A Bo-dacious Reading List for the First Pup
News leaked over the weekend about the resolution of a months-long national debate: who would become the Obama’s First Dog? The answer arrived Sunday, resplendent in his fluffy black fur: Bo, a six-month-old Portuguese water dog. A gift from Senator Edward Kennedy, a Portuguese water dog enthusiast, Bo will not be officially introduced to the nation until Tuesday, but already, photographs of the newest chew-toy destroyer in chief have the country sighing “awww!” Given that the headlines dominating the news today have gone to the dogs (sorry), we thought we’d offer a canine reading list to honor and welcome Bo.
Lest Bo should learn to dislike the national spotlight, he may take comfort in Roger Grenier’s conclusion that it’s not always easy to be a dog. On this literary dog walk, Grenier visits the great dogs of history and legend In forty-three self-contained and lovingly crafted vignettes. Beginning at the beginning, with Ulysses and his dog, Argos, the only creature to recognize him after years of absence, Grenier continues on to Virginia Woolf, who became the self-appointed biographer of Flush, Elizabeth Barrett Browning’s cocker spaniel, to André Gide, whose diary records his bemusement at his dog’s propensity to mount his ancient cat. Grenier also surveys the opinions, writings, and experiences of men and women throughout history for clues to the mysterious symbiosis between people and dogs. He introduces us to Freud’s chow Lün, who was able to make him understand he was about to die; to Fala, FDR’s Scottish terrier, who now has his own statue in Washington; and to Michael and Jerry, the heroes of Jack London’s novels. We learn of the dog who shared Napoleon’s bed and of the dogs collected and deported from the city of Constantinople in 1910, sent to a desert island without food or water. Along the way, Grenier tells us about a few of the dogs who have occupied his own life and heart. Though the rapport between dogs and people remains a mystery, it is also, for him, the source of the purest form of love. (Read an excerpt here.)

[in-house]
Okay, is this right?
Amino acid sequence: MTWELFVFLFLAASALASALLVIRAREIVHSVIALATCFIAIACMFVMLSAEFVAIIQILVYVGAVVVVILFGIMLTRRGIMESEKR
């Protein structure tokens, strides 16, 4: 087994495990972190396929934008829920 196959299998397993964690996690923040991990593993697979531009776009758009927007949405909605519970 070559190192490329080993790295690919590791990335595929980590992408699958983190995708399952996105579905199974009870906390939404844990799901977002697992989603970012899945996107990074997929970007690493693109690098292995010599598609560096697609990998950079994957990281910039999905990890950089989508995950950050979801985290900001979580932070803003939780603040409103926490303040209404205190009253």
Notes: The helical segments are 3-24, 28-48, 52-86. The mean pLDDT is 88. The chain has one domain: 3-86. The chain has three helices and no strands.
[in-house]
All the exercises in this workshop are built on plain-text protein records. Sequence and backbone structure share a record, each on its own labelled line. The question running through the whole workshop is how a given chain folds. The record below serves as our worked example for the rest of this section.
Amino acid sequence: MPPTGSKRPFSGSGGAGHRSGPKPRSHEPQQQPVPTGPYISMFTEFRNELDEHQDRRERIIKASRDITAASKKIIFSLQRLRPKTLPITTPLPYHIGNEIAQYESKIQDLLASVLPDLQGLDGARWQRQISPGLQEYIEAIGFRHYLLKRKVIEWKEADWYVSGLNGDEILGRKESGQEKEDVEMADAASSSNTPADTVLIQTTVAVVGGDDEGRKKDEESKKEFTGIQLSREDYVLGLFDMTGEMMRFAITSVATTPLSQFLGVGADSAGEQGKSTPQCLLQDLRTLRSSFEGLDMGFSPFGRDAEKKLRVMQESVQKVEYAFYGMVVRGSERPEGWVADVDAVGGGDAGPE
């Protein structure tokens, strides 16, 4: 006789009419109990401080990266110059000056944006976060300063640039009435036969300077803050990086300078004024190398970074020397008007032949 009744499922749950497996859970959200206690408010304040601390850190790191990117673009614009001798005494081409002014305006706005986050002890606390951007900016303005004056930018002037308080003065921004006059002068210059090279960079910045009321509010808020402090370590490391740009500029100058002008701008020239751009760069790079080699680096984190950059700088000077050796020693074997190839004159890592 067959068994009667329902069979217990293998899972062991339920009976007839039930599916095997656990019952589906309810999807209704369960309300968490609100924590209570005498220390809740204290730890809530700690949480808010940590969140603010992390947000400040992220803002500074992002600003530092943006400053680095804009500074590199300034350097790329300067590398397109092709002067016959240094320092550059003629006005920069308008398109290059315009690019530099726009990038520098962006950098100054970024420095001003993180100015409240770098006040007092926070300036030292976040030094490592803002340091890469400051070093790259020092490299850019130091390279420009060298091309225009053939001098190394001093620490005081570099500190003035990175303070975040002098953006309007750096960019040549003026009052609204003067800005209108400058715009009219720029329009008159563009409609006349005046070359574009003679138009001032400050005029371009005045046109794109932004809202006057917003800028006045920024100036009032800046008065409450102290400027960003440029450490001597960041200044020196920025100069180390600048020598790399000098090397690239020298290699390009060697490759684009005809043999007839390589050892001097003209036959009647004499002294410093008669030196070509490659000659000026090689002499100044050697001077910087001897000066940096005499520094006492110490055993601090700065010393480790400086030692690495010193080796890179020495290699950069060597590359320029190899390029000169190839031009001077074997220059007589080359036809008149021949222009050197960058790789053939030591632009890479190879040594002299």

Should Bo ever feel a little, well, depressed, he would do well to turn to Alice Kuzniar’s Melacholia’s Dog. Bred to provide human companionship, dogs eclipse all other species when it comes to reading the body language of people. Dog owners hunger for a complete rapport with their pets; in the dog the fantasy of empathetic resonance finds its ideal. But cross-species communication is never easy. Dog love can be a precious but melancholy thing. An attempt to understand human attachment to the canis familiaris in terms of reciprocity and empathy, Melancholia’s Dog tackles such difficult concepts as intimacy and kinship with dogs, the shame associated with identification with their suffering, and the reasons for the profound mourning over their deaths. In addition to philosophy and psychoanalysis, Alice A. Kuzniar turns to the insights and images offered by the literary and visual arts—the short stories of Ivan Turgenev and Franz Kafka, the novels of J. M. Coetzee and Rebecca Brown, the photography of Sally Mann and William Wegman, and the artwork of David Hockney and Sue Coe. Without falling into sentimentality or anthropomorphization, Kuzniar honors and learns from our canine companions, above all attending the silences and sadness brought on by the effort to represent the dog as perfectly and faithfully as it is said to love.
But judging from those precious first portraits, Bo will prove to be a happy pup and a best friend to the President. He might, in the end, prefer the irreverence of Mark Derr’s Dog’s Best Friend. A comprehensive, humane, and bemused tour of the dog-human relationship, the book combines anecdote, research, and reportage to illuminate our complex rapport with our cherished canine companions. Tracking our national obsession with an animal that now outnumbers children in American households, Derr chronicles the evolution of “the culture of the dog” from the prehistoric domestication of tamed wolves to the modern horrors of overbreeding and inbreeding. Passionate about his subject and intent on sharing his zeal, Derr defends dogs with wit and flare, producing here a quirky, informative, and fitting tribute to our love affair with canines big and small.
Welcome Bo! You are the nation’s dog now.